Hezbollah faces a moment of reckoning. The increasingly likely demise of Bashar al-Assad’s regime in Damascus would deprive the militant Lebanese Shia organization of one of its main patrons and could constrain its ability to play an active role in regional politics. Moreover, by offering up unbridled support for Syria, Hezbollah has placed itself at odds with the popular revolts that are unseating autocratic rulers across the Arab world, undermining the narratives of resistance and justice for the oppressed that it has long espoused. Facing the loss of a key ally and with its credibility compromised, an off-balance Hezbollah could turn inward, deepening its involvement in Lebanese politics in order to consolidate its power.

Together with Iran, Hezbollah stands to lose the most from the fall of the Syrian regime. Over the years, the organization and the Assad regime have nurtured strong ties due to their often overlapping interests in Lebanon, a proxy arena for Western confrontation with Iran and Syria. The relationship deepened following Syria’s 2005 withdrawal from Lebanon, which forced Damascus to rely more heavily on Hezbollah to extend its influence in the country. Assad has reportedly supplied Hezbollah with training and access to sophisticated weapons systems, including long-range Scud missiles, on Syrian soil.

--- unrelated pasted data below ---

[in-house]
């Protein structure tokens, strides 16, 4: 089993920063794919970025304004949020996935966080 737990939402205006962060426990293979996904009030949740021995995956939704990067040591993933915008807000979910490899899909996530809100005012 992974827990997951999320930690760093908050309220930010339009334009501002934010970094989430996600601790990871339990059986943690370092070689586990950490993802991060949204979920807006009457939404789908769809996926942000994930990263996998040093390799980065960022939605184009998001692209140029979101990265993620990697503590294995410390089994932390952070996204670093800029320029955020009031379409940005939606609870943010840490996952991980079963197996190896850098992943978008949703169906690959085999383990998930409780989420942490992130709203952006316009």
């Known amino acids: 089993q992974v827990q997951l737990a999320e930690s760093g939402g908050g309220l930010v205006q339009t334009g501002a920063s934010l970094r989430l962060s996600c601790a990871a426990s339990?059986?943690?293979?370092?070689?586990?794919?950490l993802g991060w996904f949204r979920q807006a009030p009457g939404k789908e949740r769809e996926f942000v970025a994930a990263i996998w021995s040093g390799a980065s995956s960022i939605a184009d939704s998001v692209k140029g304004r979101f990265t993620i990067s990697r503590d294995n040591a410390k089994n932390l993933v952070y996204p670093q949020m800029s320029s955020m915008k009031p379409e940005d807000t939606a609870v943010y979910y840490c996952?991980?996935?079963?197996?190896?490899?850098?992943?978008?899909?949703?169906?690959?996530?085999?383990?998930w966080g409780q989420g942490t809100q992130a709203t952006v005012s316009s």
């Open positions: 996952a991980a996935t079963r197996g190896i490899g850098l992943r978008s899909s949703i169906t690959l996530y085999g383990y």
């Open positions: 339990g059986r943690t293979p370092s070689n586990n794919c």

Beyond its bilateral ties to Hezbollah, Damascus has also served as an important conduit for Iranian arms and played a bridging role between the Persian power and its Lebanese acolytes. Bound together by their shared hostility toward Israel, these three allies, together with Hamas, have formed a so-called axis of resistance to serve as a counterweight to more moderate forces in the region. Although Hezbollah’s relationship with Iran would endure without Assad, the alliance would lose an important center of gravity.

Moreover, the instability in Syria has deepened sectarian divisions in Lebanon, which could further challenge Hezbollah. Lebanon’s Sunnis overwhelmingly support the Syrian opposition and have publicly demonstrated their outrage at Damascus’ repression; the ruling March 8 bloc, comprising Hezbollah, the Shia party Amal, and their Christian allies, has sided with Assad. Rival pro- and anti-Syrian rallies regularly occur in Beirut and in the northern city of Tripoli, where Sunni-Alawi clashes in June left several dead and required the Lebanese army to quell the violence. Although Hezbollah’s military predominance in Lebanon minimizes the prospects for renewed civil war, a surge in sectarian violence would significantly undermine its position.